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Our 21 Favorite Trail Camera Photos
Today’s deer hunters are better than any before them at tagging big whitetail bucks, and trail cameras are a big reason why. They’ve given modern hunters more insight into deer behavior, which has allowed us to adapt our strategies accordingly—not just in one week or one season, but over time. And, maybe more than we’d like to admit, trail cameras have helped us practice restraint. It’s easier to pass on a little buck when you have pictures of a bigger one running around.
Trail cameras aren’t perfect. Sometimes they spook deer. Sometimes we’re too reliant on them. And sometimes—like when we have 500 photos of a buck but a neighbor shoots him—they can bring out the worst in deer hunters. But overall, trail cameras are a good thing that I enjoy, and from June to January, I have 15 to 20 of them keeping tabs on farms that I hunt myself, and where we guide other hunters. I sort through thousands of photos every week of deer season. Here’s a look at some of my favorites from the past few years.
The Comeback Buck
This wounded buck first appeared in 2019. (Will Brantley/)
On occasion—rarer than you’d think by watching outdoor television—trail cameras allow us to closely follow and pattern a single buck for an entire year. This whitetail first appeared on our cameras in the late season of 2019. Firearm season had just ended, and the buck was obviously wounded (though I’ve always thought that wound looked more like a broadhead mark than a bullet mark).
The buck returned to a corn pile in 2020, and the author’s wife tagged him in the fall. (Will Brantley/)
Whatever hurt him, the buck bellied right up to a corn pile, healed fast, and then stuck around all summer, eating in our food plots and at our feeders. By early September, you could barely tell he had a scar. One of the hunters we guided during opening week of bow season had a close call with this deer, and nearly got a shot. After that hunt ended, my wife, Michelle, sat in that stand for two evenings, and shot the buck with a crossbow at 25 yards. There was a slight scar on the buck’s hide, but two solid handfuls of scar tissue around the wound underneath. Still, Michelle said, the buck had no limp, and no obvious signs of injury. He was one of several bucks in a bachelor group and despite having the largest antlers by a good margin, he was relaxed, chill, and even submissive to some of the rowdier, younger bucks. Seeing this buck shot was bittersweet.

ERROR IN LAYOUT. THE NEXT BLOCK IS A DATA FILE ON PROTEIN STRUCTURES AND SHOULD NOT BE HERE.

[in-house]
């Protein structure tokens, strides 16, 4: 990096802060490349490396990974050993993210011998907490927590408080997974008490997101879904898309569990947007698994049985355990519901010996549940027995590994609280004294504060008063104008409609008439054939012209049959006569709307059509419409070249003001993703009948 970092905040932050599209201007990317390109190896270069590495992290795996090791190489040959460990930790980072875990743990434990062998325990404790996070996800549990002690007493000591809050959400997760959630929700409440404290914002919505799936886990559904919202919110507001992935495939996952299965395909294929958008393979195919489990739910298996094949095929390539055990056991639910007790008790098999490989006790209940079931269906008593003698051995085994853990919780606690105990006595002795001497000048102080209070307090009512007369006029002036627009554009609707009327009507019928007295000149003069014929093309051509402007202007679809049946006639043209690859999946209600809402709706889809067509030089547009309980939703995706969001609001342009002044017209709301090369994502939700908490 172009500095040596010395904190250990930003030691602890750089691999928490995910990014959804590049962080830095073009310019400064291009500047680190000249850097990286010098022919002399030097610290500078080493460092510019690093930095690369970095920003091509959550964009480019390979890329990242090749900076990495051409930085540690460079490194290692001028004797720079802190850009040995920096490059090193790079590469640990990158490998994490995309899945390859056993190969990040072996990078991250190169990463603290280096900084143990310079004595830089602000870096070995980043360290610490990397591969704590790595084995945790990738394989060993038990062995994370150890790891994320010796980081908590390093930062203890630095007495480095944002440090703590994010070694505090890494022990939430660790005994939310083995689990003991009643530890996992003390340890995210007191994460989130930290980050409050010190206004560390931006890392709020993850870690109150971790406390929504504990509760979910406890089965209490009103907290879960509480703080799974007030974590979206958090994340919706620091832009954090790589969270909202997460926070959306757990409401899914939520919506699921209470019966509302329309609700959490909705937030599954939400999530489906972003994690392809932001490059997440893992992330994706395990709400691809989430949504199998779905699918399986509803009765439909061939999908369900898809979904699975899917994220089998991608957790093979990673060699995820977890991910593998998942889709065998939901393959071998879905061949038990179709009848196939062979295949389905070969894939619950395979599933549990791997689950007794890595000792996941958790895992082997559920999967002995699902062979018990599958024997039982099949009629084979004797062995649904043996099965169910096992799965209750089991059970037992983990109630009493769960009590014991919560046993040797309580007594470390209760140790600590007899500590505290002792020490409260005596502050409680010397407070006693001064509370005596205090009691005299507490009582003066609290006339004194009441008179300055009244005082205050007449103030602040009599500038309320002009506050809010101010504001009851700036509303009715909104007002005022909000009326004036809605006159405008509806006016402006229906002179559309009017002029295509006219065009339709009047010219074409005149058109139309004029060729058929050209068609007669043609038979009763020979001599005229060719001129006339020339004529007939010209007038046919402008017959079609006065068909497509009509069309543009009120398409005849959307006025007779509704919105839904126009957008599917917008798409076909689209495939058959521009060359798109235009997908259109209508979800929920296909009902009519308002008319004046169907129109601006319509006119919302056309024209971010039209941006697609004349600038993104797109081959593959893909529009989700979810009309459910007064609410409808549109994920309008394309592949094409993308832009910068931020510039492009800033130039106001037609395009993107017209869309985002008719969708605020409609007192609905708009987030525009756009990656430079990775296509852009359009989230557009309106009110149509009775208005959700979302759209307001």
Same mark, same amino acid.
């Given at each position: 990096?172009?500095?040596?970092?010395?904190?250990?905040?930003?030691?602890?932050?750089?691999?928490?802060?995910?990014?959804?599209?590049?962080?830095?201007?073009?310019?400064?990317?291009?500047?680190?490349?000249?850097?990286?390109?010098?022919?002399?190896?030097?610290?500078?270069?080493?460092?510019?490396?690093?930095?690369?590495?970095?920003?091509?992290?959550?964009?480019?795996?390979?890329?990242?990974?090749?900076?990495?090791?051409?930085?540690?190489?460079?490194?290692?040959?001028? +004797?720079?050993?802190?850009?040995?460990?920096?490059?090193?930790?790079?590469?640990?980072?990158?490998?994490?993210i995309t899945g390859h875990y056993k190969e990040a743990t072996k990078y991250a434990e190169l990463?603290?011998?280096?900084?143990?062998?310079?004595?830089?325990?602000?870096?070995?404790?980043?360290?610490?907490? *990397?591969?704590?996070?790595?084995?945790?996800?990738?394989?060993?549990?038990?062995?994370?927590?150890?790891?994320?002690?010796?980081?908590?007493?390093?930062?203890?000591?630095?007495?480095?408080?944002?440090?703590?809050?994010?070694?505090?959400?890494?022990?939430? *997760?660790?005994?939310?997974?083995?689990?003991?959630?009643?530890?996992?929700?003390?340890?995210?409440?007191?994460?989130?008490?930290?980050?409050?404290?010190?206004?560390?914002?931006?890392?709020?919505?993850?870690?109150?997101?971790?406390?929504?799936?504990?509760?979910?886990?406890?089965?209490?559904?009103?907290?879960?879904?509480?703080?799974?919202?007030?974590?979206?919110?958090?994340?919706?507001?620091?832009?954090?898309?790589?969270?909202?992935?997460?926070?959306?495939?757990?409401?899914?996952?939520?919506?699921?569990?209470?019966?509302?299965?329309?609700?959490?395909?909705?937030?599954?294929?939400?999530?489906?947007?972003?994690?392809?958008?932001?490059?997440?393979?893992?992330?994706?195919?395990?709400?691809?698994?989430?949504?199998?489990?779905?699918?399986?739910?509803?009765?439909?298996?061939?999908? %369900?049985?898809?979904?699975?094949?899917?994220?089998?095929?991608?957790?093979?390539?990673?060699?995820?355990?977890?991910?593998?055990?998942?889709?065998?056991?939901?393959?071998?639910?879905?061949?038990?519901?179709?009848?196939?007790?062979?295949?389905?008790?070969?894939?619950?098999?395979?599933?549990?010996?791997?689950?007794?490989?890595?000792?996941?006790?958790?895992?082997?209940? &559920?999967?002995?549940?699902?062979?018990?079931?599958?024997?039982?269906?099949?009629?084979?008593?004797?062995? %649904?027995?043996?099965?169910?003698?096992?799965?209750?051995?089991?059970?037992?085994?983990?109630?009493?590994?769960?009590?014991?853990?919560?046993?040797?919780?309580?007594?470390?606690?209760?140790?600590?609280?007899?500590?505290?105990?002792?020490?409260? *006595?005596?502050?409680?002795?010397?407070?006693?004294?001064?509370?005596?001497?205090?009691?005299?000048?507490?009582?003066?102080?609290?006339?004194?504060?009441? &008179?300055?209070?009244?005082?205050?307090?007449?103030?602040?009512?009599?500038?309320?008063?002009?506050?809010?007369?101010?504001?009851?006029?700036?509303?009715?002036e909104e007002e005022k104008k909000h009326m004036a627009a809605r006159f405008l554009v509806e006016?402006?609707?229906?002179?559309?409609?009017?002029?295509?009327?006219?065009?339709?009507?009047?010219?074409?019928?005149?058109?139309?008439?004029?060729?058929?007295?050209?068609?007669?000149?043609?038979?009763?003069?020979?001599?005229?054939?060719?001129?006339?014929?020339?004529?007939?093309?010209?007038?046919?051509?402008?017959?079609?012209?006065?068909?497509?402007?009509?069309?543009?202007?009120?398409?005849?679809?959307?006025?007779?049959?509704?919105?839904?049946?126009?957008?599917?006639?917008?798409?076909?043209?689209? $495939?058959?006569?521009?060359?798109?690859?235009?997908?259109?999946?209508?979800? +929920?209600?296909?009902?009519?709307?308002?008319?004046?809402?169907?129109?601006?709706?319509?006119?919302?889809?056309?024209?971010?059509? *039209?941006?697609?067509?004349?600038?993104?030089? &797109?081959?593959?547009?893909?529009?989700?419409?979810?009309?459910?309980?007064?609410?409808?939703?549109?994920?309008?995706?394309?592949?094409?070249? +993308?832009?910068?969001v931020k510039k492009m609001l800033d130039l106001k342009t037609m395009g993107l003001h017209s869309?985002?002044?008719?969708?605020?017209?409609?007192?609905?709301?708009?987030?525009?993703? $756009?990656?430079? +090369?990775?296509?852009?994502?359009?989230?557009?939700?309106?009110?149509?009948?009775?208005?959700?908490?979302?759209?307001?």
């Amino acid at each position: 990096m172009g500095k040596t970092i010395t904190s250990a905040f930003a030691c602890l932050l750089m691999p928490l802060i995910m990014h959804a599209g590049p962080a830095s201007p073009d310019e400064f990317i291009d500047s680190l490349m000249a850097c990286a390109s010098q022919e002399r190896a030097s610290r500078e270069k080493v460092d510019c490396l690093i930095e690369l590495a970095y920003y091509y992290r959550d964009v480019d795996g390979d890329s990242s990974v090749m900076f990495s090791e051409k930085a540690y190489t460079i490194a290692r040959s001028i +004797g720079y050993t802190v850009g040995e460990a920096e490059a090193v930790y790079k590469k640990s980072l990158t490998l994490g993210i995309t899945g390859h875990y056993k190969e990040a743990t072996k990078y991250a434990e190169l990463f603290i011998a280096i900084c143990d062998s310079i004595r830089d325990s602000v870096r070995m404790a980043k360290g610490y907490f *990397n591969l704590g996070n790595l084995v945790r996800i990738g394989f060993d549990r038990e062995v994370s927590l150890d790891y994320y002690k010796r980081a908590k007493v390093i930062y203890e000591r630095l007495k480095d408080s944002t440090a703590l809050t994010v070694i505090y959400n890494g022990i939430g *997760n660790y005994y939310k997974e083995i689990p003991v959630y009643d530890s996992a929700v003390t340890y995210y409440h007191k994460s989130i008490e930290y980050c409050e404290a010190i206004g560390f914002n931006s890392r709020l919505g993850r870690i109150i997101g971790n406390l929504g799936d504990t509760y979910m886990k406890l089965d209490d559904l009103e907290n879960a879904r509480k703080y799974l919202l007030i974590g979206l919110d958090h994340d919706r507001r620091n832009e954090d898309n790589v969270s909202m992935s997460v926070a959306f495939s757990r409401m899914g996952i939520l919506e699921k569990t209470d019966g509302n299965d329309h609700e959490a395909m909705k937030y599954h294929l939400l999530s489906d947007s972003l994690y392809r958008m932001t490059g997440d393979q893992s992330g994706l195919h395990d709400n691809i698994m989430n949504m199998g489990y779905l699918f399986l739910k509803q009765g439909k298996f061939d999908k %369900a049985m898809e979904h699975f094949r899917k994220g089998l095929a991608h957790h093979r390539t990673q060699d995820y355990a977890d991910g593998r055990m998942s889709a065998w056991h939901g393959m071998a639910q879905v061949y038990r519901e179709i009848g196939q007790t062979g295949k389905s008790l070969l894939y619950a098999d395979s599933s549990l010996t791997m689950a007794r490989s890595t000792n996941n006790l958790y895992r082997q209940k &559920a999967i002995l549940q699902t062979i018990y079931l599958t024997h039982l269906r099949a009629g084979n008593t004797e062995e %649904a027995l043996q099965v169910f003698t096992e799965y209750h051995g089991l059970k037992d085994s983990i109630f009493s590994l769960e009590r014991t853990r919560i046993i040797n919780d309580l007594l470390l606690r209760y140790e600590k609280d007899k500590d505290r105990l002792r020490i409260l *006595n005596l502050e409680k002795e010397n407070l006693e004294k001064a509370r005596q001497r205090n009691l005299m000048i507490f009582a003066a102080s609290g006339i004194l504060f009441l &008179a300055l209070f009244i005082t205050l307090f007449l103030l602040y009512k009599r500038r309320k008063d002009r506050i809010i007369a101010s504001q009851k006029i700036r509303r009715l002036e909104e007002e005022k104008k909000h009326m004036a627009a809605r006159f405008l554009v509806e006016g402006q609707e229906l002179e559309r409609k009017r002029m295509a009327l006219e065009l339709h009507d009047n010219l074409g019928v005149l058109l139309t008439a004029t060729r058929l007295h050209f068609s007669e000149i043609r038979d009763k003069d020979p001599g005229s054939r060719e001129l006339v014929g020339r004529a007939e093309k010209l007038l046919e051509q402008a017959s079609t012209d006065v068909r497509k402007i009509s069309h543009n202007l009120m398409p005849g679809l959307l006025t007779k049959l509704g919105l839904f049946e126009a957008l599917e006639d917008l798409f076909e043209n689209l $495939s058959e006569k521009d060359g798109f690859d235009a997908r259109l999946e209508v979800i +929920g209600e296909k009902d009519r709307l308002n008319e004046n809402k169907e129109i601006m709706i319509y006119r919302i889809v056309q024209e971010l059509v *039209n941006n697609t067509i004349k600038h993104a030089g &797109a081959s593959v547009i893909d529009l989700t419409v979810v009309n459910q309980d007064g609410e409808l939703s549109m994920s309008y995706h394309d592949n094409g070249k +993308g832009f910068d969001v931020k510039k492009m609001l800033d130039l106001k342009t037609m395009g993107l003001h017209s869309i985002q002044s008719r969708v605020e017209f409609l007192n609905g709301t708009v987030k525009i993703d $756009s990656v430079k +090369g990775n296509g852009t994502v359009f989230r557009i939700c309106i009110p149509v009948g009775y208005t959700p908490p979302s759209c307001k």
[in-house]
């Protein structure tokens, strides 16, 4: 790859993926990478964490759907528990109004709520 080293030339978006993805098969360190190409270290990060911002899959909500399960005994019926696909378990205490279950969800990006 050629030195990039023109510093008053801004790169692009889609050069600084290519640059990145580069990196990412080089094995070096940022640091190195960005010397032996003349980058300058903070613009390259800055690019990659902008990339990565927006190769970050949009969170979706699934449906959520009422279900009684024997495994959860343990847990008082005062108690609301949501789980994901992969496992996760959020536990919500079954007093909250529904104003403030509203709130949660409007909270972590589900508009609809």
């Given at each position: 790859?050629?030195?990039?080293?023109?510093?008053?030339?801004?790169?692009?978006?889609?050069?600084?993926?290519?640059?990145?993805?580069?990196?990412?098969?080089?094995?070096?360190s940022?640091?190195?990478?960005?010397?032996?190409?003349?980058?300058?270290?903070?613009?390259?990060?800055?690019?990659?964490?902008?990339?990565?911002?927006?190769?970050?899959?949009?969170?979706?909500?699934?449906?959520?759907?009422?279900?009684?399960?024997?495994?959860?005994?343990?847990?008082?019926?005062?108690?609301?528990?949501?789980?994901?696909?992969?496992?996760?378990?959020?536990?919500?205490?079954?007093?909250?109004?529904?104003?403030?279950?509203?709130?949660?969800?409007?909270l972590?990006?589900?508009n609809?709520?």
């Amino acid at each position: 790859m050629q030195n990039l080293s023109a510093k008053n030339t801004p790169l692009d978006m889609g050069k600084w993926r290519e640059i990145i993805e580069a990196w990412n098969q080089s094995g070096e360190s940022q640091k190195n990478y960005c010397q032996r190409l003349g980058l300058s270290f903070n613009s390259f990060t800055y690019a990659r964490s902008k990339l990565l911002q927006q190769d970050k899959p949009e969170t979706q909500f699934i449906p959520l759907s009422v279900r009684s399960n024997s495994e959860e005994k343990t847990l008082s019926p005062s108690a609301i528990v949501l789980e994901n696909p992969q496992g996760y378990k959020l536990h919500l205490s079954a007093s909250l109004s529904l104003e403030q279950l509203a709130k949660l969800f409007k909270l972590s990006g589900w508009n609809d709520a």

Read Next: The Best Trail Cameras of 2020
A pair of black mules triggered the trail came in 2018. (Will Brantley/)
Trail cameras are always watching—even when you’re not there. We even use them for home security. But the candid stuff trail cameras capture in the woods is way more fun than seeing photos of the UPS guy. I have no idea, for example, where these two escaped black mules came from on that first day of October in 2018. I never saw them again, either on camera or out hunting, and so I assume they made it home.
Here’s the best daylight shot of gray foxes the author’s cams have captured. (Will Brantley/)
We’ve gotten multiple photos of that pair of gray foxes on our farm over the years, but this one is the best daylight shot. As for the coyote below, he walked through a hardwoods pinch point, past a camera that I’d left out and forgotten during the rut. We don’t get much snow around here but when we do, it gets critters moving.
A fresh blanket of snow got this coyote moving. (Will Brantley/)
The Early Season
A whitetail buck takes a nap. (Will Brantley/)
It’s easier to get photos of good bucks early in the season than at any other time of year, but think beyond the corn piles. I like to put cameras over water holes, and on the edges of bedding areas and crop fields. I might leave them out for a month between checks. You won’t get those cards brimming with two thousand pictures like you would over bait, but you might get neat stuff like this—such as a buck that’s shedding his velvet and taking a drink, a bachelor group in a hayfield backlit by a sunset, and bucks sleeping.
Shedding velvet makes for a thirsty buck. (Will Brantley/)
On long-term camera sets like this, angle your lenses north or south when possible to avoid flares that can trigger the camera and wash out images at the best times of day.
A group of bucks feeds in a hayfield at sunset. (Will Brantley/)
“Buck Mode” (a.k.a. The Rut)